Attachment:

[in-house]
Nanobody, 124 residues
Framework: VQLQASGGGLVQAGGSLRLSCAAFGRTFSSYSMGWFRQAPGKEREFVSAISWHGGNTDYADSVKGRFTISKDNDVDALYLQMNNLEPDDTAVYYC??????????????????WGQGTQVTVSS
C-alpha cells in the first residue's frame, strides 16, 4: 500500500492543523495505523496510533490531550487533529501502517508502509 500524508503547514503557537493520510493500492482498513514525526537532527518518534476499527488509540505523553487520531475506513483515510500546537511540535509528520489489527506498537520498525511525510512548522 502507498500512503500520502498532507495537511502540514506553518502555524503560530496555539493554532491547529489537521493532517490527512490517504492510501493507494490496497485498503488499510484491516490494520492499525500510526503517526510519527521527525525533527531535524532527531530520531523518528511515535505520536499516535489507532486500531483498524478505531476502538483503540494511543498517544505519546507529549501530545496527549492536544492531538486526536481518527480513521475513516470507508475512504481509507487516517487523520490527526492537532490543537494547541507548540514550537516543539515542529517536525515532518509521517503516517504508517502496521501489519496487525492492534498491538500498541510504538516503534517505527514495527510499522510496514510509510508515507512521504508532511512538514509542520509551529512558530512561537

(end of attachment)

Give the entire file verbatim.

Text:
[in-house]
Nanobody, 124 residues
Framework: VQLQASGGGLVQAGGSLRLSCAAFGRTFSSYSMGWFRQAPGKEREFVSAISWHGGNTDYADSVKGRFTISKDNDVDALYLQMNNLEPDDTAVYYC??????????????????WGQGTQVTVSS
C-alpha cells in the first residue's frame, strides 16, 4: 500500500492543523495505523496510533490531550487533529501502517508502509 500524508503547514503557537493520510493500492482498513514525526537532527518518534476499527488509540505523553487520531475506513483515510500546537511540535509528520489489527506498537520498525511525510512548522 502507498500512503500520502498532507495537511502540514506553518502555524503560530496555539493554532491547529489537521493532517490527512490517504492510501493507494490496497485498503488499510484491516490494520492499525500510526503517526510519527521527525525533527531535524532527531530520531523518528511515535505520536499516535489507532486500531483498524478505531476502538483503540494511543498517544505519546507529549501530545496527549492536544492531538486526536481518527480513521475513516470507508475512504481509507487516517487523520490527526492537532490543537494547541507548540514550537516543539515542529517536525515532518509521517503516517504508517502496521501489519496487525492492534498491538500498541510504538516503534517505527514495527510499522510496514510509510508515507512521504508532511512538514509542520509551529512558530512561537